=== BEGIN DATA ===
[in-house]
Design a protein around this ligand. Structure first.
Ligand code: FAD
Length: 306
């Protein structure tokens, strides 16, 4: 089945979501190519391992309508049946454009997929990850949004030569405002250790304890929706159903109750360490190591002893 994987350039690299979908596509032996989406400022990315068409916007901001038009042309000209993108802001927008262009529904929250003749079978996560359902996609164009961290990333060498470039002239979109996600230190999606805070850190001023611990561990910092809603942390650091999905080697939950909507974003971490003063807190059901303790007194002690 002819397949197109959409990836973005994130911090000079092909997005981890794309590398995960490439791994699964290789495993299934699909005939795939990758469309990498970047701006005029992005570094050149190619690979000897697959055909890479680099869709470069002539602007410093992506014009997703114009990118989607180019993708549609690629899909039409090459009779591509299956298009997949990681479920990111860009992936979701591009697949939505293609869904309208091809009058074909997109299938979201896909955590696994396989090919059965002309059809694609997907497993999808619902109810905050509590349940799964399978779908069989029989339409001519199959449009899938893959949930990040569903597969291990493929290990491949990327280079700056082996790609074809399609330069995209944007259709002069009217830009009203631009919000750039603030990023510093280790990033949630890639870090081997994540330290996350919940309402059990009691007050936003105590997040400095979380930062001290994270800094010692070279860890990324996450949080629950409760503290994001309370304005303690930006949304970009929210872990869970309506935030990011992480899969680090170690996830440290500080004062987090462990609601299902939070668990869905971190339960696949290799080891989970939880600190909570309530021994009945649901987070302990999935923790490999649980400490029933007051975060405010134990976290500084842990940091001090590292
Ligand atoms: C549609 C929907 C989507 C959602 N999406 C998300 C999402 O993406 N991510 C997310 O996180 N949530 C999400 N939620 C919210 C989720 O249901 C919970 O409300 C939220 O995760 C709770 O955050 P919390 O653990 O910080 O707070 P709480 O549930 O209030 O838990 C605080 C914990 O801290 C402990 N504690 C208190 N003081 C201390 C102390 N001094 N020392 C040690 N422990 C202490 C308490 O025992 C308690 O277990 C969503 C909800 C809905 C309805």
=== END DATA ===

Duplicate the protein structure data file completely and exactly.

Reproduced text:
[in-house]
Design a protein around this ligand. Structure first.
Ligand code: FAD
Length: 306
């Protein structure tokens, strides 16, 4: 089945979501190519391992309508049946454009997929990850949004030569405002250790304890929706159903109750360490190591002893 994987350039690299979908596509032996989406400022990315068409916007901001038009042309000209993108802001927008262009529904929250003749079978996560359902996609164009961290990333060498470039002239979109996600230190999606805070850190001023611990561990910092809603942390650091999905080697939950909507974003971490003063807190059901303790007194002690 002819397949197109959409990836973005994130911090000079092909997005981890794309590398995960490439791994699964290789495993299934699909005939795939990758469309990498970047701006005029992005570094050149190619690979000897697959055909890479680099869709470069002539602007410093992506014009997703114009990118989607180019993708549609690629899909039409090459009779591509299956298009997949990681479920990111860009992936979701591009697949939505293609869904309208091809009058074909997109299938979201896909955590696994396989090919059965002309059809694609997907497993999808619902109810905050509590349940799964399978779908069989029989339409001519199959449009899938893959949930990040569903597969291990493929290990491949990327280079700056082996790609074809399609330069995209944007259709002069009217830009009203631009919000750039603030990023510093280790990033949630890639870090081997994540330290996350919940309402059990009691007050936003105590997040400095979380930062001290994270800094010692070279860890990324996450949080629950409760503290994001309370304005303690930006949304970009929210872990869970309506935030990011992480899969680090170690996830440290500080004062987090462990609601299902939070668990869905971190339960696949290799080891989970939880600190909570309530021994009945649901987070302990999935923790490999649980400490029933007051975060405010134990976290500084842990940091001090590292
Ligand atoms: C549609 C929907 C989507 C959602 N999406 C998300 C999402 O993406 N991510 C997310 O996180 N949530 C999400 N939620 C919210 C989720 O249901 C919970 O409300 C939220 O995760 C709770 O955050 P919390 O653990 O910080 O707070 P709480 O549930 O209030 O838990 C605080 C914990 O801290 C402990 N504690 C208190 N003081 C201390 C102390 N001094 N020392 C040690 N422990 C202490 C308490 O025992 C308690 O277990 C969503 C909800 C809905 C309805």